EAST RUTHERFORD, N.J. – Ann Mara, who was often called "The First Lady of Football" and was one of the most influential figures in Giants history, the matriarch of the franchise's founding family and a woman beloved throughout the National Football League and the New York sports community, passed away. She was 85.
"I am sad to say that our mother has passed away," said John Mara, Ann's son and the Giants' president and chief executive officer. "She has been the leader of our family in every way, and we will miss her dearly.
"She slipped in front of her home (in Rye, N.Y.) during the ice storm two weeks ago (January 18). She had been in the hospital since the following day, initially due to a head injury she suffered in her fall. After a few days, we were hopeful for her recovery, although we knew it would be a long road back. Unfortunately, there were complications.
"She loved her family, and all of us were able to spend time with her in these final days. All 11 of her children and our spouses and numerous grandchildren were with her when she passed away."
Ann Mara and her children owned 50 percent of the Giants since the death of her husband, Wellington Mara, at age 89 in 2005. Wellington Mara, a member of the Pro Football Hall of Fame, is the most significant individual in the Giants' 90-year history and one of the most prominent men in the annals of the NFL.
Although she was always a Giants fan, the team became a vital part of Ann Mara's life in 1952, when she met Wellington at the Church of St. Ignatius Loyola in Manhattan. She loved to retell the story of their first meeting.
"At 7:30 Mass, a little old lady fainted, and we both went to help revive her; that's how we met," she said. "But I had spotted him before that."
"Our dates were at Yankee Stadium, Madison Square Garden and the Fordham gymnasium. That was my courtship."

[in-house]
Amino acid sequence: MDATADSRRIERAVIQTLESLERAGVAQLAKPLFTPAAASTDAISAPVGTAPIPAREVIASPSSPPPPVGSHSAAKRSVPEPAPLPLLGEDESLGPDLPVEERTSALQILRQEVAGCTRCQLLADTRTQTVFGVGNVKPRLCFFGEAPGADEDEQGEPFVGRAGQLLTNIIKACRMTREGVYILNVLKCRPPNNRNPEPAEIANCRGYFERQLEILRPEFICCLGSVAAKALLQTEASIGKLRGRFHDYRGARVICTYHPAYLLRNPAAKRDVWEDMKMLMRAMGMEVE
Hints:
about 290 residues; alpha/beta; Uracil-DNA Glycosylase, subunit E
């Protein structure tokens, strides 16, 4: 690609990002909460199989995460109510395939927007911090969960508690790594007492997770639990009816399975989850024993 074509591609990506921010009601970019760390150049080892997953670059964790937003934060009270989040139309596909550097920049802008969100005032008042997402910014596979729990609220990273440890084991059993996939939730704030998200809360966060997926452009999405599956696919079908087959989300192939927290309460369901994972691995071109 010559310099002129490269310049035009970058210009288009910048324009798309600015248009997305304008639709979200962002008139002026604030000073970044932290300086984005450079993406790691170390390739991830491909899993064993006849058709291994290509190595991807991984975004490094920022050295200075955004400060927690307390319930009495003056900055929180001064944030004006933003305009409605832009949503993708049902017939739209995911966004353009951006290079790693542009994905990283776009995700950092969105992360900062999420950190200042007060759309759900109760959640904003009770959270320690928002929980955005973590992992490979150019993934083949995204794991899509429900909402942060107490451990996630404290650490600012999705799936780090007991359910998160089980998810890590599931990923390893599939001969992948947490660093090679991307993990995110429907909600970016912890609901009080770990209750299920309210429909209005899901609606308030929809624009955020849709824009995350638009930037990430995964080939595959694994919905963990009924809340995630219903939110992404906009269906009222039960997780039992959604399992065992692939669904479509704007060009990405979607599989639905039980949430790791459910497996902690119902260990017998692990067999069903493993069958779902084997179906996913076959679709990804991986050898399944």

Photos of New York Giants Matriarch Mrs. Ann Mara
They were married in 1954, and their family eventually grew to four sons and seven daughters, 43 grandchildren (including renowned actresses Rooney Mara and Kate Mara) and 16 great-grandchildren.
Three of Wellington and Ann Mara's sons currently work in the Giants' front office. In addition to John, Chris is the senior vice president of player evaluation and Frank is the vice president of community relations.
Ann Mara liked to say, "I tell John, 'Just remember, you're an employee.'"
The Giants were 6-10 in 2014, their second consecutive losing season. At a news conference two days after the final game at which he discussed the team's coaches and front office, John Mara was asked about "the boss," more specifically, "What does your mom say about all this?"
"She is not very happy with me right now, believe me," Mara said. "She suffers through this probably even more so than I do. I am on notice as well."
In addition to her intimate involvement with her family and the Giants, Ann Mara was also a devout Catholic and prominent philanthropist who donated money to numerous causes and organizations. She tirelessly supported efforts to help children reach their fullest potential by aiding educational organizations like Convent of the Sacred Heart, Inner City Scholarship Fund, Boys Hope Girls Hope, and Life Athletes. Mara was also there for children with cancer through her support of the Ronald McDonald House of New York. In November, she dedicated the opening of a new building for the San Miguel Academy for children at risk, which was built through the NFL Snowflake Foundation.
Last year, three days before MetLife Stadium hosted Super Bowl XLVIII, Ann Mara received the Paul J. Tagliabue Award of Excellence, which is presented to a league or team executive who demonstrates the integrity and leadership Tagliabue exhibited in career development opportunities for minority candidates and advocacy for diversity on the league and club level when he was NFL commissioner.
The Giants were founded in 1925 by Tim Mara, Wellington's father. Since Wellington Mara's death, John has resided at the top of the organizational masthead and become one of the most respected executives in the NFL. The Mara family owned the franchise solely until 1991, when Bob Tisch bought 50 percent of the team from Wellington's nephew, also named Tim.